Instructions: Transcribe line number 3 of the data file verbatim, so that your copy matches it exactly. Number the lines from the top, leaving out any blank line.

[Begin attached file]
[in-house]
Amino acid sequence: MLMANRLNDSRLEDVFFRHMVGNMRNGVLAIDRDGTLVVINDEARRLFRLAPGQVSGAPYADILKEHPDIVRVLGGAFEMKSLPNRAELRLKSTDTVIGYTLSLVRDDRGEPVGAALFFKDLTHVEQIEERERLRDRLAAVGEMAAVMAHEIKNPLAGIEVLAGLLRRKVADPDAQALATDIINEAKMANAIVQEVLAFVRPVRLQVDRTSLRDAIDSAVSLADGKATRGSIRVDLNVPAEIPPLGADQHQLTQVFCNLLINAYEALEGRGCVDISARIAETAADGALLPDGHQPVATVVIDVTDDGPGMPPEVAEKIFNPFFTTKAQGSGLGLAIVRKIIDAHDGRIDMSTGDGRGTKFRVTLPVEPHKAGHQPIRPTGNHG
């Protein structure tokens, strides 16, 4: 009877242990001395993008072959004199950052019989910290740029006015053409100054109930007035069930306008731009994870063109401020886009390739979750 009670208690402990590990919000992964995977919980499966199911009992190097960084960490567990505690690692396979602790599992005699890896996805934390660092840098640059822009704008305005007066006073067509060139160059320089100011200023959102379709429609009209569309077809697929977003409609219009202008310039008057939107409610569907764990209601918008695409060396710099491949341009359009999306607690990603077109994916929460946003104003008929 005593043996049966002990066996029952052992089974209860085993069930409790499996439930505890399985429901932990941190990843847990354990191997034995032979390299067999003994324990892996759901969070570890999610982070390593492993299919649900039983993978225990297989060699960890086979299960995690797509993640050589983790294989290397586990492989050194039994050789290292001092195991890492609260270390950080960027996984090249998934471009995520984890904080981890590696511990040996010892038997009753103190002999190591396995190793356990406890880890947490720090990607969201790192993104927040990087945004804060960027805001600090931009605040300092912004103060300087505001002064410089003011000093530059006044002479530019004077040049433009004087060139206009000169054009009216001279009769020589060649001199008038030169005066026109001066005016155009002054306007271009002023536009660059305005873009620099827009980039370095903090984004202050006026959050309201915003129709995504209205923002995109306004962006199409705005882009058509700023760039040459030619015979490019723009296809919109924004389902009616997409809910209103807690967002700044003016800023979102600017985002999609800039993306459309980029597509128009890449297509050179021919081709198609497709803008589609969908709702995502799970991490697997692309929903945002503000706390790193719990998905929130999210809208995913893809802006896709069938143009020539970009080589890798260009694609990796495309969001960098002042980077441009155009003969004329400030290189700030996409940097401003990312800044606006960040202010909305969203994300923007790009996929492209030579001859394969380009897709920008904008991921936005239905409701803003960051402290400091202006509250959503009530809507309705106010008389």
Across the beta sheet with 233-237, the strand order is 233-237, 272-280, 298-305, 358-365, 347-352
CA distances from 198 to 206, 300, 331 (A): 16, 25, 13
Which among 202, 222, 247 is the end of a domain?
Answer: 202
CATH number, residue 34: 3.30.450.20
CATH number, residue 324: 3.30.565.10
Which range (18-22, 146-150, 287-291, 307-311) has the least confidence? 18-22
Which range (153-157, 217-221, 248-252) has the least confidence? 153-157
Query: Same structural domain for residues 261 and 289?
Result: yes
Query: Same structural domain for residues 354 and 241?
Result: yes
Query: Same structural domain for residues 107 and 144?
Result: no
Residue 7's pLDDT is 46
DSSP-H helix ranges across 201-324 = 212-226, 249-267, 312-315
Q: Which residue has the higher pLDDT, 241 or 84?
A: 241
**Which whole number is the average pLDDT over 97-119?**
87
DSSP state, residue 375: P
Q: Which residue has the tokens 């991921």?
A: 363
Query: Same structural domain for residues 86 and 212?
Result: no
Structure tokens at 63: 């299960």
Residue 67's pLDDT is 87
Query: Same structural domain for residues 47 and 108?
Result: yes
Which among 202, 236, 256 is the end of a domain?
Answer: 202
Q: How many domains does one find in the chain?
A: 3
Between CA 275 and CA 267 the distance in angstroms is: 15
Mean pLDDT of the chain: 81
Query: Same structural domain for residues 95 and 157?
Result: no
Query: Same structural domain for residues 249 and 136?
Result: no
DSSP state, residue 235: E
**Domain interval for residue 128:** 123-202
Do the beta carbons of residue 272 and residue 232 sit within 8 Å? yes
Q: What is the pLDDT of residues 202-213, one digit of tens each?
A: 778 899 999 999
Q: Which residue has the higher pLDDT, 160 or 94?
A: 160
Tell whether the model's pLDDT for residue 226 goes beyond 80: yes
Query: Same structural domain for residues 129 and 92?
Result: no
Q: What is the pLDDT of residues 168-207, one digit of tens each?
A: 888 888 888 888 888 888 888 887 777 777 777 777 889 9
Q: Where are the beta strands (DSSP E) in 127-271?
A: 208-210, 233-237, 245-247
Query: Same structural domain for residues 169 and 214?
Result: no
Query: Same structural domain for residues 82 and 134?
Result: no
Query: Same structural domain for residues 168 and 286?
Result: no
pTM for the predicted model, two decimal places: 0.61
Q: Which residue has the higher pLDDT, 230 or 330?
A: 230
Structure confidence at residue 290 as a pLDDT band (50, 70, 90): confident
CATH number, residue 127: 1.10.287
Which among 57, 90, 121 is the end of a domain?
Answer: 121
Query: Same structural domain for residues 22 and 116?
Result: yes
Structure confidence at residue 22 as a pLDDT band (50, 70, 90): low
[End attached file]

């Protein structure tokens, strides 16, 4: 009877242990001395993008072959004199950052019989910290740029006015053409100054109930007035069930306008731009994870063109401020886009390739979750 009670208690402990590990919000992964995977919980499966199911009992190097960084960490567990505690690692396979602790599992005699890896996805934390660092840098640059822009704008305005007066006073067509060139160059320089100011200023959102379709429609009209569309077809697929977003409609219009202008310039008057939107409610569907764990209601918008695409060396710099491949341009359009999306607690990603077109994916929460946003104003008929 005593043996049966002990066996029952052992089974209860085993069930409790499996439930505890399985429901932990941190990843847990354990191997034995032979390299067999003994324990892996759901969070570890999610982070390593492993299919649900039983993978225990297989060699960890086979299960995690797509993640050589983790294989290397586990492989050194039994050789290292001092195991890492609260270390950080960027996984090249998934471009995520984890904080981890590696511990040996010892038997009753103190002999190591396995190793356990406890880890947490720090990607969201790192993104927040990087945004804060960027805001600090931009605040300092912004103060300087505001002064410089003011000093530059006044002479530019004077040049433009004087060139206009000169054009009216001279009769020589060649001199008038030169005066026109001066005016155009002054306007271009002023536009660059305005873009620099827009980039370095903090984004202050006026959050309201915003129709995504209205923002995109306004962006199409705005882009058509700023760039040459030619015979490019723009296809919109924004389902009616997409809910209103807690967002700044003016800023979102600017985002999609800039993306459309980029597509128009890449297509050179021919081709198609497709803008589609969908709702995502799970991490697997692309929903945002503000706390790193719990998905929130999210809208995913893809802006896709069938143009020539970009080589890798260009694609990796495309969001960098002042980077441009155009003969004329400030290189700030996409940097401003990312800044606006960040202010909305969203994300923007790009996929492209030579001859394969380009897709920008904008991921936005239905409701803003960051402290400091202006509250959503009530809507309705106010008389």